Indian Official Statistics: Part VI(a)


  1. Population Statistics
    1. Census
      1.                                                               i.      The main source of population statistics in India is the decennial census. The first census was taken in 1871-72 but is generally left out of account. Though based on uniform schedules and modern concepts, it was not a synchronous project; nor did it cover the whole country. The next census, taken in 1881, was a modern, synchronous and comprehensive operation. Since then, we are having a population census once every ten years.
      2.                                                             ii.      In its literal sense, the term population census means an official count of all the people either physically present or regularly residing in a given region at a given point of time. A natural extension of the meaning makes a census include within its scope the collection of information on various aspects of the people counted- such as age, sex, race, religion, marital status, educational level attained, etc.
      3.                                                           iii.      There are two distinct methods of census-taking: the canvasser method and the householder method. Under the first method, an enumerator approaches every household allotted to him and records the answers on the schedules himself after ascertaining the particulars from the head of the households in his jurisdiction and the head of each household is expected to fill the answers in respect of all the household member; the enumerator collects back the answered schedules after the census date. While each method has its merits and drawbacks, it is clear that in countries where literacy is still low, the canvasser method is the only practical method.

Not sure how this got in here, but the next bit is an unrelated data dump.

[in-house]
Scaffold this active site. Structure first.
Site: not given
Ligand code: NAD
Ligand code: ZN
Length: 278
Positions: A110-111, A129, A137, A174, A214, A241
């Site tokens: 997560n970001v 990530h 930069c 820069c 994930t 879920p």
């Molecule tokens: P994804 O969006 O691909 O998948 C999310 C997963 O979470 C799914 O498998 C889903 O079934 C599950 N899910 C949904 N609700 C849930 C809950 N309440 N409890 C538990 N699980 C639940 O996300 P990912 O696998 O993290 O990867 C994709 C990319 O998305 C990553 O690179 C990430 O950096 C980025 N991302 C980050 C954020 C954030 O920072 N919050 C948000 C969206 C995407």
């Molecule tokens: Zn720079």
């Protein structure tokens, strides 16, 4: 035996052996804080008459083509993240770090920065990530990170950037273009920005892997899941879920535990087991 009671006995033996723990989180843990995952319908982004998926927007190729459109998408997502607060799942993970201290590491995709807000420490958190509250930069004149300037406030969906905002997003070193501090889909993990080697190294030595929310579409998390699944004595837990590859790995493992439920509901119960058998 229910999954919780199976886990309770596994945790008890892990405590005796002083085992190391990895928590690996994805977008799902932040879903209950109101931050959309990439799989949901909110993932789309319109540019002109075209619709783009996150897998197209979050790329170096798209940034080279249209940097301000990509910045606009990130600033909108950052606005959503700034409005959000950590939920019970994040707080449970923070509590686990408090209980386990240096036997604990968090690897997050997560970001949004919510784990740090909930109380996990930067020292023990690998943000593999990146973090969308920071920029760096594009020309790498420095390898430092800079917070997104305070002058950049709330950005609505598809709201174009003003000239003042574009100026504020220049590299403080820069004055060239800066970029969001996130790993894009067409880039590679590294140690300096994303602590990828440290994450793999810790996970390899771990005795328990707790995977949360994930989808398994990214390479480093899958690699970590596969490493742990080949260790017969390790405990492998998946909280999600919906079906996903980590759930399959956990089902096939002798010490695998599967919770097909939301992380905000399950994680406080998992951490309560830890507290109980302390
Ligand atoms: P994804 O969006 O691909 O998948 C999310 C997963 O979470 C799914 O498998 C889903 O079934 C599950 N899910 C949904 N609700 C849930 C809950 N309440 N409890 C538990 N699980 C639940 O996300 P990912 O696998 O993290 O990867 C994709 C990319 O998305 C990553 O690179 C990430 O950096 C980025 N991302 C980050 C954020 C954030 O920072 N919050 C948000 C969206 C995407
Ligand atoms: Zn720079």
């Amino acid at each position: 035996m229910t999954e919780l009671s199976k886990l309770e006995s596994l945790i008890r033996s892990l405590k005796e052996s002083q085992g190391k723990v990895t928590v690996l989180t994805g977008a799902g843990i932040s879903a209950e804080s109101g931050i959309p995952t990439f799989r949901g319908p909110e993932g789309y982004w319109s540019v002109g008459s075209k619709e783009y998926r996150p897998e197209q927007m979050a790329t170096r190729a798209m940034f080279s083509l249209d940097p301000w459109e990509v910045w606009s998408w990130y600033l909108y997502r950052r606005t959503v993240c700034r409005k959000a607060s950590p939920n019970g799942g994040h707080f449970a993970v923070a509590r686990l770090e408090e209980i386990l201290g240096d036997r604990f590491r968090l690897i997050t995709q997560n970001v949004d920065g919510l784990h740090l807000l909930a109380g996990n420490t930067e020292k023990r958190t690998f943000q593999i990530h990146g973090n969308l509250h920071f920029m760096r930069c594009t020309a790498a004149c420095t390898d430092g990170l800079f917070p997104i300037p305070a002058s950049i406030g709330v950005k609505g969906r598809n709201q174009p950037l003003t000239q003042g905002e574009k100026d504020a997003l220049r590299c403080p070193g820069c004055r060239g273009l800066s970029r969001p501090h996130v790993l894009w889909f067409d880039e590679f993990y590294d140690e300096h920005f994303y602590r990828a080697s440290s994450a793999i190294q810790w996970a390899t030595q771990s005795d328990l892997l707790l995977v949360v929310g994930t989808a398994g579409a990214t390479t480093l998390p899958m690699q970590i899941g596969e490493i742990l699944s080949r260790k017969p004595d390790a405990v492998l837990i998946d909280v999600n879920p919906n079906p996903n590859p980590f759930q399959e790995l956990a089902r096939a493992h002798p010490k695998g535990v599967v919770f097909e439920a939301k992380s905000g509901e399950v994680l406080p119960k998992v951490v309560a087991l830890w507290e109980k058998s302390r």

4.                                                           iv.      Another important question is whether a population should be counted on a de facto or a de jure basis. In the first case, every person is counted at the place where he/she is actually found on the reference date of census. In the second case, a person is counted at the place of his/her normal residence. Enumeration of de facto population is difficult unless the movement of the population is restricted on the census day and the entire operation is completed in a single night, which is operationally impossible. Enumeration by the de jure method is also difficult, but it has the advantage that the work of enumeration can be spread out over a number of days.